I boarded a flight early Friday morning (Aug. 23) headed to Washington, D.C. for the 50th Anniversary March on Washington. On the plane was Congressman Steve Cohen, the Rev. Samuel "Billy" Kyles, who knew Dr. Martin Luther King Jr. well, and Tonja Sesley Baymon, the programs director of the Memphis Urban League.
Realizing that the March on Washington anniversary included the journey there, I went to work capturing images.
We landed at Reagan National Airport about 11 a.m. (ET) and headed to baggage claim. I turned around and there was John Conyers, the Congressman from Michigan. I introduced myself and asked if I could get a photograph of him, along with an interview.
He said, "Yes." Now I was two for two.
I jumped in my brother Joseph's taxi and we went to Howard University to meet with Jefferi Lee, the head of the television station at the university. We talked about a future showing of the documentary, "Million Woman March: the March, the Impact, the Progress from 1997-2013.) The documentary, which I am making, will include footage and shots of the 50th Anniversary of the March on Washington.
I left Howard University and went to scout the Lincoln Memorial. Crews were setting up last minute works and performing sound checks. I was thinking and seeing how I was going to get in and get the shots that I needed to get back to Memphis for the weekly news.
That night before bed, I checked my equipment, film, SD cards, batteries, etc. About 5 Saturday morning, I headed into D.C. My brother dropped me off at the gate on Constitution Ave. All media had to report to the sign-in desk, where I picked up my yellow media badge, which gave me access to the media risers. That would be my jumping off point for even better position, once I saw an opening.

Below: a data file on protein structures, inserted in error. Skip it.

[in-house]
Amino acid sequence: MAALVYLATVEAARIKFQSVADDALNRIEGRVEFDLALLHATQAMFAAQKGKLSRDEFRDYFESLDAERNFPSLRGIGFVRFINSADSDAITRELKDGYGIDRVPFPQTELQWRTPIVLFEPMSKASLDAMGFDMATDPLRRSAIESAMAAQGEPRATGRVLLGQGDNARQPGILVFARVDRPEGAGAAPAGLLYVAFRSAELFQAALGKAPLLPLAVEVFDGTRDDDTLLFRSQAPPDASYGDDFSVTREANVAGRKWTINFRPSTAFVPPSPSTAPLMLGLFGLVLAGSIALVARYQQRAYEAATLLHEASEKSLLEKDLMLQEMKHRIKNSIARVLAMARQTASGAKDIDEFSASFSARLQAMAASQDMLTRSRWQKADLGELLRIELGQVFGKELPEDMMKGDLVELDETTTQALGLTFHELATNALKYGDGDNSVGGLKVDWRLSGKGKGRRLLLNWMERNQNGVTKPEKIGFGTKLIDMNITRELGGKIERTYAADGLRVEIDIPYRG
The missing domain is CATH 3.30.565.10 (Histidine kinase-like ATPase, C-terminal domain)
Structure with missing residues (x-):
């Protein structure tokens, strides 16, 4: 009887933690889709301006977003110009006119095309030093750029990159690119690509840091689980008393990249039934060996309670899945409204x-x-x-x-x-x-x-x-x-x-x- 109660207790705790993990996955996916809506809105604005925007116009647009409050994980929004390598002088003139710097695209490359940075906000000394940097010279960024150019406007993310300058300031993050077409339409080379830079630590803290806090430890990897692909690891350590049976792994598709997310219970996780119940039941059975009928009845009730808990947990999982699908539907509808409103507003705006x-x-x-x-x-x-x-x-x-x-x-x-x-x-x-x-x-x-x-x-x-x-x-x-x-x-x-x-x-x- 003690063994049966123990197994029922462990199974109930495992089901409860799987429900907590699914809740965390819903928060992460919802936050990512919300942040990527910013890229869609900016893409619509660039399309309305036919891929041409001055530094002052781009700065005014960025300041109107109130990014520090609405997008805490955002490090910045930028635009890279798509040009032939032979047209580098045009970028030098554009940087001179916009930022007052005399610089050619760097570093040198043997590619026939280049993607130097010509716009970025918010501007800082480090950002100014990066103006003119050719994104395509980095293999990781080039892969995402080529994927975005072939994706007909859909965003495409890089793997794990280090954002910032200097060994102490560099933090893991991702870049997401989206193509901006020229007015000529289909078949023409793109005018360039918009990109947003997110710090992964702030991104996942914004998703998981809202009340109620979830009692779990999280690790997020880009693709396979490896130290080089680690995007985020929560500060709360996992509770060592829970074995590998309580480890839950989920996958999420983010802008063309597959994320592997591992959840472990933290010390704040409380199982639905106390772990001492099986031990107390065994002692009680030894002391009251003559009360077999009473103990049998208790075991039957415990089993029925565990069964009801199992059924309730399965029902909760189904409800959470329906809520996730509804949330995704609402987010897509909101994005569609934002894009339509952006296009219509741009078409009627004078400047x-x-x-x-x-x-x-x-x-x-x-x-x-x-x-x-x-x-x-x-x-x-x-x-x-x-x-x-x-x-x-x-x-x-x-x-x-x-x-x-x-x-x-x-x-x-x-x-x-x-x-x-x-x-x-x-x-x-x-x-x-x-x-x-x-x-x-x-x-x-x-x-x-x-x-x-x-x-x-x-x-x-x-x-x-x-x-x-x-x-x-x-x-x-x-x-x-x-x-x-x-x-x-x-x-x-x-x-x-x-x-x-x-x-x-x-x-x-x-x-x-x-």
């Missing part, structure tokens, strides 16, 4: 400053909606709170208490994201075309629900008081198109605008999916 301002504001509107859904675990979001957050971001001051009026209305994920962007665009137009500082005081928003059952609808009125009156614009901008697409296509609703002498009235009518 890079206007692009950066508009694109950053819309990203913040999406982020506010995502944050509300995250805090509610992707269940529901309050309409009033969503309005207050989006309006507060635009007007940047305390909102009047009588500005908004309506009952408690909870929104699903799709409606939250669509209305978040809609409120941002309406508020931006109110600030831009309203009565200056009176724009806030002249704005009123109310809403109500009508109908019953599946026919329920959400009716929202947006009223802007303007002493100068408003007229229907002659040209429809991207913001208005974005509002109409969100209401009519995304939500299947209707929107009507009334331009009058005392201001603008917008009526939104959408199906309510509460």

As the sun came up people were streaming in by the thousands. I checked my equipment one more time, especially the cell phone so I could communicate with the TSD's executive editor, Karanja A. Ajanaku, back in Memphis. I had begun to send him cell phone shots of where I was positioned, giving him a view of what was going on.
"Keep'm coming, George," he said.
The event started and I was right on top of it all. The who's who was coming in and I was awash in the click, click, click of a sea of cameras. I began to shoot and move, keeping my eyes on the primary subjects so that they would not get out of sight before I got to them.
I knew my biggest challenge – getting in position to shoot the march down Independence Ave. – still lay ahead. Camera-carrying men and women from myriad parts of the world jockeyed to the front line. I found an opening and snapped away like a photographer possessed. For over an hour, the lines of marchers kept rolling out from the starting point.
Later, after all the steps had been taken on a historic day marking an even more historic day, and as I stood while awaiting a taxi, I had a chance encounter with one of the day's most moving speakers, Merlie Evers-Williams, whose late husband, Medgar, is a civil rights martyr. On the morning of June 12, 1963, Evers was murdered in his driveway in Jackson, Miss., and 2 ½ months before the 1963 March on Washington.
During her speech from the steps of the Lincoln Memorial, Evers-Williams had said, "There are efforts to turn back the clock of freedom and I ask you today, will you allow that to happen? ... Take the words 'stand your ground' in a positive sense. Stand your ground in terms of fighting for justice and equality."
As our paths crossed, Evers-Williams simply affirmed that she had made her way to the nation's Capitol to let the world know that the voices of Medgar Evers, Dr. Martin Luther King Jr., and many others are still being heard.